Modern Rites: Politics and Antisemitism in Europe, 1880–1918

AHA Session 282
Society for Austrian and Habsburg History 5
Sunday, January 9, 2011: 11:00 AM-1:00 PM
Berkeley Room (Marriott Boston Copley Place)
Helmut W. Smith, Vanderbilt University
Daniel Unowsky, University of Memphis

Session Abstract

This panel explores the unexpected upsurge of antisemitism that shook Europe beginning in the last decades of the nineteenth century. We situate these episodes of antisemitism within a rapidly changing Europe, a continent being remade by the forces of urbanization, industrialization, rising literacy, and capitalist agriculture, as well as by new forms of governance, transportation, and communication. By including papers on Hungary and Moravia as well as on France and Great Britain, the panel will examine the extent to which antisemitism and anti-Jewish violence should be read as evidence that modern mass politics arrived in rural eastern Europe with little if any time-lag compared to the more “advanced” central and western European states. The papers approach antisemitism from a variety of perspectives: some focus primarily on provincial contexts and local actors, shifting attention away both from the intellectual history of antisemitism and from Europe’s great urban centers, whereas others draw attention to transnational connections and imperial frameworks. A common element in these approaches is the contention that the struggle against Jews was everywhere conceived as a struggle for control of the impersonal forces of modernization, and as not a nihilistic rejection of all change or an unqualified call for a restoration of a long-lost “traditional” society. The papers also share an interest in the ritualistic, mythic, and highly symbolic nature of much antisemitic activity, drawing attention to what scholars have called the “sacralization of politics.” In short, it is our contention that our case studies will shed light not just on a critical phase in the development of modern antisemitism, but will call attention to the patterns of violence and exclusion that accompanied the emergence of modern mass politics more generally.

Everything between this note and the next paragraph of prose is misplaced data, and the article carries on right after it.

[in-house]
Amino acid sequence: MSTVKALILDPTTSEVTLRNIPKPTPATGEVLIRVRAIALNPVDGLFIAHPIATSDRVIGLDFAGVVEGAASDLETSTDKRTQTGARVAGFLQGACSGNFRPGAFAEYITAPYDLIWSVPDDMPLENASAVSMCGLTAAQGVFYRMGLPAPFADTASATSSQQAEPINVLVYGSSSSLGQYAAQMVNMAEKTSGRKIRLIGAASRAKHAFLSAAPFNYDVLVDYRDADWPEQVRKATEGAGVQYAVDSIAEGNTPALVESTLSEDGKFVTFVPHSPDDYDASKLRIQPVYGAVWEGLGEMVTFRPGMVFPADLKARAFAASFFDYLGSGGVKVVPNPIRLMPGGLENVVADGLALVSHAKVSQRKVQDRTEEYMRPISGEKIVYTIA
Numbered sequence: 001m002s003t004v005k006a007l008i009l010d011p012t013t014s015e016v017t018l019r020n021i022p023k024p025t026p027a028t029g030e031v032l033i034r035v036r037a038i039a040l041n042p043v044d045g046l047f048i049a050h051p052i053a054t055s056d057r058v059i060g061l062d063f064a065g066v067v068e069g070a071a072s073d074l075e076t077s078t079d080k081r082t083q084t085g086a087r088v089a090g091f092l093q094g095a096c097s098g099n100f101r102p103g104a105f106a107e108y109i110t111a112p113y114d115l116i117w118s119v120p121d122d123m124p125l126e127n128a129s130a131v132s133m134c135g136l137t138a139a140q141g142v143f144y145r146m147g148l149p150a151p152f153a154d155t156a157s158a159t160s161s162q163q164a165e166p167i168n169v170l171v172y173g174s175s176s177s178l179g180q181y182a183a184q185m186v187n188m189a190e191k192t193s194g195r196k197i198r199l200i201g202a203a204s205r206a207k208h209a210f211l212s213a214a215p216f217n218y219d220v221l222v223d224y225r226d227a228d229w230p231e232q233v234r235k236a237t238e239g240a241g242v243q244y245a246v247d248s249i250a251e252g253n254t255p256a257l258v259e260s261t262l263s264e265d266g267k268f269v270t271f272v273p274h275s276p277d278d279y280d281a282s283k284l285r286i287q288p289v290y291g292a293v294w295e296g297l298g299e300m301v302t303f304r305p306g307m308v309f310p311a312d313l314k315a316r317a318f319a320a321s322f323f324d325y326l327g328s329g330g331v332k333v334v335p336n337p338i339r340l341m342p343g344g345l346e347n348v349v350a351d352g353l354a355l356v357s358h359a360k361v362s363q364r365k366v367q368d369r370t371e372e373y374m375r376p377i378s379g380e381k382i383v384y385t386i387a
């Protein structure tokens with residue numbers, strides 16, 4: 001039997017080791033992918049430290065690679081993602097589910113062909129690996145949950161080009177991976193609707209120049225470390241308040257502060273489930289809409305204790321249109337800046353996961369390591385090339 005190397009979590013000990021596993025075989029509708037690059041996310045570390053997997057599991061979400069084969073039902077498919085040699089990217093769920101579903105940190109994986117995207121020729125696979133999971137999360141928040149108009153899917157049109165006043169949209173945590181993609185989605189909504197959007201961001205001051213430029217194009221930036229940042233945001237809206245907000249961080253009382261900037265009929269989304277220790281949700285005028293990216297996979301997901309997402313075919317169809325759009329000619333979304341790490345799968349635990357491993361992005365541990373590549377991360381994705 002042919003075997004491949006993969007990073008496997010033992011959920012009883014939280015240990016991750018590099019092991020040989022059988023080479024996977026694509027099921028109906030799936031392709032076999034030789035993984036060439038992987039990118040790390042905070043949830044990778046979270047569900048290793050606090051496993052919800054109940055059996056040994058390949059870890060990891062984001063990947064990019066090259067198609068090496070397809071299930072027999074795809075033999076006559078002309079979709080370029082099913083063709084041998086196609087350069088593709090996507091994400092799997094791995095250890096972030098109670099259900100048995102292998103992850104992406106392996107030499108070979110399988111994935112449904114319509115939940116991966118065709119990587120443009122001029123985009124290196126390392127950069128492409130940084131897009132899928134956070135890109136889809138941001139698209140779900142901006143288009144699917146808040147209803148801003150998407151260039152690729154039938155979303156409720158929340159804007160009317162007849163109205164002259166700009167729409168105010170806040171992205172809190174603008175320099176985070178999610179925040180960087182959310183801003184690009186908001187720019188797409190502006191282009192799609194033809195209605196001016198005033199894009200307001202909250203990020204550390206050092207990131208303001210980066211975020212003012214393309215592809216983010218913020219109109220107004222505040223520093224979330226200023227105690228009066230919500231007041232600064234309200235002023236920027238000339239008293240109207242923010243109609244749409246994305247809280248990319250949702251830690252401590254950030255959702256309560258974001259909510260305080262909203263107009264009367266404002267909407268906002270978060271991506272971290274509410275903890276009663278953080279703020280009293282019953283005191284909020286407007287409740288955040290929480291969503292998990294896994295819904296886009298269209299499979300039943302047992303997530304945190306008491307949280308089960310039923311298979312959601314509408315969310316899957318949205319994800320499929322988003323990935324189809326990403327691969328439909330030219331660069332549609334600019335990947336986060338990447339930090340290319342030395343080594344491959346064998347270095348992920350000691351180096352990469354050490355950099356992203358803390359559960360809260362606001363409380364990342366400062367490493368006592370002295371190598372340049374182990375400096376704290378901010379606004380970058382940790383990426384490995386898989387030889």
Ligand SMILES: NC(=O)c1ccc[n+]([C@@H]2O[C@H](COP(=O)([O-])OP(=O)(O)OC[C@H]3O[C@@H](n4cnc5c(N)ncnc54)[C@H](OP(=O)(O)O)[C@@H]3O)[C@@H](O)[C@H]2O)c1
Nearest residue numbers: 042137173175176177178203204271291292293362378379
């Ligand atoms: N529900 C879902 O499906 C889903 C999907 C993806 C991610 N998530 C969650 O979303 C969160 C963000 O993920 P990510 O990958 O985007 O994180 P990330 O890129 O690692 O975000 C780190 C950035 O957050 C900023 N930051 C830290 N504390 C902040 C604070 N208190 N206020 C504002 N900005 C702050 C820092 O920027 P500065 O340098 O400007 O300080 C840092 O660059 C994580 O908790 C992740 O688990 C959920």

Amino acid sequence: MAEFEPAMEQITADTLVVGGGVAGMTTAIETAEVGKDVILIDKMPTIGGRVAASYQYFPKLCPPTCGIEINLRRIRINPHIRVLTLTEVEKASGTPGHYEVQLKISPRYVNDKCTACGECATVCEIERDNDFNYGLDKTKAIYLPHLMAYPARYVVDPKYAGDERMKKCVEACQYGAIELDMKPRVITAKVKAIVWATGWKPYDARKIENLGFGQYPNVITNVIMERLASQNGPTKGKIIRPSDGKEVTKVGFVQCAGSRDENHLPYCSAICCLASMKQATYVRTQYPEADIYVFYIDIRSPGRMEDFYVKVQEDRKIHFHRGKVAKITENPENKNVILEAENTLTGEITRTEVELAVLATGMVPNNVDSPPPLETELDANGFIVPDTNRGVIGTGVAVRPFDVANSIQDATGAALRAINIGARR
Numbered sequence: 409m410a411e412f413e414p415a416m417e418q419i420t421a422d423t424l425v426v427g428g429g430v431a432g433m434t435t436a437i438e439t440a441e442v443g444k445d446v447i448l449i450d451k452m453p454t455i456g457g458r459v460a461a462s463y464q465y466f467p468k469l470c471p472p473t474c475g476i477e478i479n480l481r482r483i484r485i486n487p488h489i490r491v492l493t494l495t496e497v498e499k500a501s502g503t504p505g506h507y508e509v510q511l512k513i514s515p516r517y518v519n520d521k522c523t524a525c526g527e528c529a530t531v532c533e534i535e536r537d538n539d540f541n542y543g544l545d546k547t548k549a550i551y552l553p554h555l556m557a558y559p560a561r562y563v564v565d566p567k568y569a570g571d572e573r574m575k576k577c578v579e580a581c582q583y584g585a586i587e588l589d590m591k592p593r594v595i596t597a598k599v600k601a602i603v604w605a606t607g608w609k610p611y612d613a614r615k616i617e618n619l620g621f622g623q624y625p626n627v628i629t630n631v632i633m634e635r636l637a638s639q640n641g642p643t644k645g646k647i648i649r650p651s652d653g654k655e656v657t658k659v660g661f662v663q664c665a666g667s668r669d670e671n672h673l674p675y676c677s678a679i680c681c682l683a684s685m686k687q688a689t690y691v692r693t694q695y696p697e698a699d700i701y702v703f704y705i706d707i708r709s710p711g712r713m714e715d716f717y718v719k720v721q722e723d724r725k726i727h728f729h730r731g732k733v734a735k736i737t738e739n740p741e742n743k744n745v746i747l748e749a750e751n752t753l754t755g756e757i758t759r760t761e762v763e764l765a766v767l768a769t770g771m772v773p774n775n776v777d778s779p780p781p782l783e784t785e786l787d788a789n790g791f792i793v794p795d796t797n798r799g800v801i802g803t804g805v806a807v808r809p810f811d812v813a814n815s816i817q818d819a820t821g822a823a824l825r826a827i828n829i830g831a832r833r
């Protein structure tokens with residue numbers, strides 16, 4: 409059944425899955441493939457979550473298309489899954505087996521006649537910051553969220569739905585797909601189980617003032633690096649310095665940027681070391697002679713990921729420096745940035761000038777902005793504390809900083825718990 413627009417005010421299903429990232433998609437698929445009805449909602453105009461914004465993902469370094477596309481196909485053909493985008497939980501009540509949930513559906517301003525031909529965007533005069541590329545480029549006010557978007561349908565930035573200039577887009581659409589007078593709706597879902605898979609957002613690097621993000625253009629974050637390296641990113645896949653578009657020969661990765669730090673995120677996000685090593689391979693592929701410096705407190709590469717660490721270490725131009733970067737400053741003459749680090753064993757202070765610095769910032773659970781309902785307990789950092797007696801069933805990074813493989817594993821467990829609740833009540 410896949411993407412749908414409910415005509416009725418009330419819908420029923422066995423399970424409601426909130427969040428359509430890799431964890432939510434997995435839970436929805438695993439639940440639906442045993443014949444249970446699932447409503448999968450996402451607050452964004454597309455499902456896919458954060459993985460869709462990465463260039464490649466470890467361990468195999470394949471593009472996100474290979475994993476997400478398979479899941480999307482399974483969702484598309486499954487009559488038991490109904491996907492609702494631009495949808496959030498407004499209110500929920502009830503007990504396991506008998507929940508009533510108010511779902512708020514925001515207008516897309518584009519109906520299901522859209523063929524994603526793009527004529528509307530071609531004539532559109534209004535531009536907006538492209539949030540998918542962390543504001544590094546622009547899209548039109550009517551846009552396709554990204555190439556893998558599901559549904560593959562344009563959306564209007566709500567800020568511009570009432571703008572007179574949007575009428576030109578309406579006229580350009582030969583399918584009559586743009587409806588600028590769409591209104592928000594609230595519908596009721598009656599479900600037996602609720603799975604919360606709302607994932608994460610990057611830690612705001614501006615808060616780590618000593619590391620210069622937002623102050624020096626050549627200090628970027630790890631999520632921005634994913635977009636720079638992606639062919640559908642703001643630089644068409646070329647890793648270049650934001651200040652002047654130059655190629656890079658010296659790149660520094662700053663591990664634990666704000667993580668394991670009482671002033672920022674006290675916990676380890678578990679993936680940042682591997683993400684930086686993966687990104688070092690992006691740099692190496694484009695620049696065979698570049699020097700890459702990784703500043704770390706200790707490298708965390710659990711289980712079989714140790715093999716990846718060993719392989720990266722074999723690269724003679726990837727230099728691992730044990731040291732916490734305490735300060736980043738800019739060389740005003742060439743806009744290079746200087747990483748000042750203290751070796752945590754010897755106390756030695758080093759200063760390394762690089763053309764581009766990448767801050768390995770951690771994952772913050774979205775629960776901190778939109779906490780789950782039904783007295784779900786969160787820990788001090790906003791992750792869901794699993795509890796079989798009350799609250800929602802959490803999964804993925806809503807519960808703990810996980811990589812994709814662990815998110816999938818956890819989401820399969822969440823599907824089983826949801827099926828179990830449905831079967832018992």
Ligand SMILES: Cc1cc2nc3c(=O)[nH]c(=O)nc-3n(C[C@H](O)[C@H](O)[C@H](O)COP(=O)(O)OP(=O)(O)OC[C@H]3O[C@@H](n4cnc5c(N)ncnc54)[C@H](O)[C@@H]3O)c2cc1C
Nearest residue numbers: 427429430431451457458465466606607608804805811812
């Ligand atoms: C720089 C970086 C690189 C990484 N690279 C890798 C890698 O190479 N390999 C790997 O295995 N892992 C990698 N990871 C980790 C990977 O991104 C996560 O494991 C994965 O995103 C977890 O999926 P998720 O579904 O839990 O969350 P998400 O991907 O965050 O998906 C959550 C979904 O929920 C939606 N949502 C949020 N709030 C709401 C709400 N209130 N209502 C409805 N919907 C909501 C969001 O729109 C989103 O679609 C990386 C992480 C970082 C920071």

See more of: AHA Sessions